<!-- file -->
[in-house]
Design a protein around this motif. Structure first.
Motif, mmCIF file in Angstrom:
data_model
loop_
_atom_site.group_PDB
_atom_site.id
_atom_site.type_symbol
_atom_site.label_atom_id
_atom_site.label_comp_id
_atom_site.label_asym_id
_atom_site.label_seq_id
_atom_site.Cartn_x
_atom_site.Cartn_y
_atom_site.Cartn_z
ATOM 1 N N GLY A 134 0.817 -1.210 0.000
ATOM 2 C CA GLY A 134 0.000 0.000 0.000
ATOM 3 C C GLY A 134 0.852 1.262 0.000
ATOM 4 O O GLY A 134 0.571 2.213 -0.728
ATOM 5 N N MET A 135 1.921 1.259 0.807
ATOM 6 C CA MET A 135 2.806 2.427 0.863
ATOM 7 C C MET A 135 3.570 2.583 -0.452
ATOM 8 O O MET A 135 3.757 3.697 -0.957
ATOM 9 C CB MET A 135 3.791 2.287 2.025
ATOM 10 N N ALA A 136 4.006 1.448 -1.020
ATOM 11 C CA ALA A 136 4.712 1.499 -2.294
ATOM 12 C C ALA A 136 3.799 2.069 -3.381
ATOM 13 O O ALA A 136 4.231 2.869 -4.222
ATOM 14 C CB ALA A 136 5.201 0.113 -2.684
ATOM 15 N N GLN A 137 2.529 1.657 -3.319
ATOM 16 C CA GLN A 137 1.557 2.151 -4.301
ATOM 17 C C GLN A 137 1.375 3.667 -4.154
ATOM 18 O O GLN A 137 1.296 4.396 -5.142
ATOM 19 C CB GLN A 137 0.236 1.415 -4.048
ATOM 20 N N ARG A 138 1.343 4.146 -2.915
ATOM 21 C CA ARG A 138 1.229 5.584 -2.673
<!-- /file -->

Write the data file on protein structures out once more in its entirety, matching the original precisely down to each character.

[in-house]
Design a protein around this motif. Structure first.
Motif, mmCIF file in Angstrom:
data_model
loop_
_atom_site.group_PDB
_atom_site.id
_atom_site.type_symbol
_atom_site.label_atom_id
_atom_site.label_comp_id
_atom_site.label_asym_id
_atom_site.label_seq_id
_atom_site.Cartn_x
_atom_site.Cartn_y
_atom_site.Cartn_z
ATOM 1 N N GLY A 134 0.817 -1.210 0.000
ATOM 2 C CA GLY A 134 0.000 0.000 0.000
ATOM 3 C C GLY A 134 0.852 1.262 0.000
ATOM 4 O O GLY A 134 0.571 2.213 -0.728
ATOM 5 N N MET A 135 1.921 1.259 0.807
ATOM 6 C CA MET A 135 2.806 2.427 0.863
ATOM 7 C C MET A 135 3.570 2.583 -0.452
ATOM 8 O O MET A 135 3.757 3.697 -0.957
ATOM 9 C CB MET A 135 3.791 2.287 2.025
ATOM 10 N N ALA A 136 4.006 1.448 -1.020
ATOM 11 C CA ALA A 136 4.712 1.499 -2.294
ATOM 12 C C ALA A 136 3.799 2.069 -3.381
ATOM 13 O O ALA A 136 4.231 2.869 -4.222
ATOM 14 C CB ALA A 136 5.201 0.113 -2.684
ATOM 15 N N GLN A 137 2.529 1.657 -3.319
ATOM 16 C CA GLN A 137 1.557 2.151 -4.301
ATOM 17 C C GLN A 137 1.375 3.667 -4.154
ATOM 18 O O GLN A 137 1.296 4.396 -5.142
ATOM 19 C CB GLN A 137 0.236 1.415 -4.048
ATOM 20 N N ARG A 138 1.343 4.146 -2.915
ATOM 21 C CA ARG A 138 1.229 5.584 -2.673